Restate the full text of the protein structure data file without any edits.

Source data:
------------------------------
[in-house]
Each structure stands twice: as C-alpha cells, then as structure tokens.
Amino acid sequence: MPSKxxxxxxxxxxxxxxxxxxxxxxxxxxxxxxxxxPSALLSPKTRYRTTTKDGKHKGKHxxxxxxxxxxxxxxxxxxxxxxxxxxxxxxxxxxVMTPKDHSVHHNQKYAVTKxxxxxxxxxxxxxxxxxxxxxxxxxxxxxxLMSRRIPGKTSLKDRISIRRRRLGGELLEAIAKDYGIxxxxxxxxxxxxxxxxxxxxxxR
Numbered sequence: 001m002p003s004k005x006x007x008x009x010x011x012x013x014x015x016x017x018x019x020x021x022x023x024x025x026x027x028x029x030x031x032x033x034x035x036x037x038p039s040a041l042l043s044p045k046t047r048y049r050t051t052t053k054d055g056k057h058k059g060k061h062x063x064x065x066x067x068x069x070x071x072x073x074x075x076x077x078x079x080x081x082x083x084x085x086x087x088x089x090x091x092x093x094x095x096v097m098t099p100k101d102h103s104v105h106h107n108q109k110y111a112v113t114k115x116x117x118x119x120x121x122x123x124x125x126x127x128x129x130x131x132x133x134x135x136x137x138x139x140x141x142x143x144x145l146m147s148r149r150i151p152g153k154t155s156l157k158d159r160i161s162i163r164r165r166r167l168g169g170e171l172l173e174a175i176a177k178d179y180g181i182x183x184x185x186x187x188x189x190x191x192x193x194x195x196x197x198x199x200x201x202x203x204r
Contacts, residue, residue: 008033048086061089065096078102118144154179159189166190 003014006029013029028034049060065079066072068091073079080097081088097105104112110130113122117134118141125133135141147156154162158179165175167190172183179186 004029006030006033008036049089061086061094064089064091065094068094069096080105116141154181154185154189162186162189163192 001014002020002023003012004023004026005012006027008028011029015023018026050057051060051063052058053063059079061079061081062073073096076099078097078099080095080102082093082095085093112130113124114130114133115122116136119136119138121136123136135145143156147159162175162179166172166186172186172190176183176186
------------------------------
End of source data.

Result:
[in-house]
Each structure stands twice: as C-alpha cells, then as structure tokens.
Amino acid sequence: MPSKxxxxxxxxxxxxxxxxxxxxxxxxxxxxxxxxxPSALLSPKTRYRTTTKDGKHKGKHxxxxxxxxxxxxxxxxxxxxxxxxxxxxxxxxxxVMTPKDHSVHHNQKYAVTKxxxxxxxxxxxxxxxxxxxxxxxxxxxxxxLMSRRIPGKTSLKDRISIRRRRLGGELLEAIAKDYGIxxxxxxxxxxxxxxxxxxxxxxR
Numbered sequence: 001m002p003s004k005x006x007x008x009x010x011x012x013x014x015x016x017x018x019x020x021x022x023x024x025x026x027x028x029x030x031x032x033x034x035x036x037x038p039s040a041l042l043s044p045k046t047r048y049r050t051t052t053k054d055g056k057h058k059g060k061h062x063x064x065x066x067x068x069x070x071x072x073x074x075x076x077x078x079x080x081x082x083x084x085x086x087x088x089x090x091x092x093x094x095x096v097m098t099p100k101d102h103s104v105h106h107n108q109k110y111a112v113t114k115x116x117x118x119x120x121x122x123x124x125x126x127x128x129x130x131x132x133x134x135x136x137x138x139x140x141x142x143x144x145l146m147s148r149r150i151p152g153k154t155s156l157k158d159r160i161s162i163r164r165r166r167l168g169g170e171l172l173e174a175i176a177k178d179y180g181i182x183x184x185x186x187x188x189x190x191x192x193x194x195x196x197x198x199x200x201x202x203x204r
Contacts, residue, residue: 008033048086061089065096078102118144154179159189166190 003014006029013029028034049060065079066072068091073079080097081088097105104112110130113122117134118141125133135141147156154162158179165175167190172183179186 004029006030006033008036049089061086061094064089064091065094068094069096080105116141154181154185154189162186162189163192 001014002020002023003012004023004026005012006027008028011029015023018026050057051060051063052058053063059079061079061081062073073096076099078097078099080095080102082093082095085093112130113124114130114133115122116136119136119138121136123136135145143156147159162175162179166172166186172186172190176183176186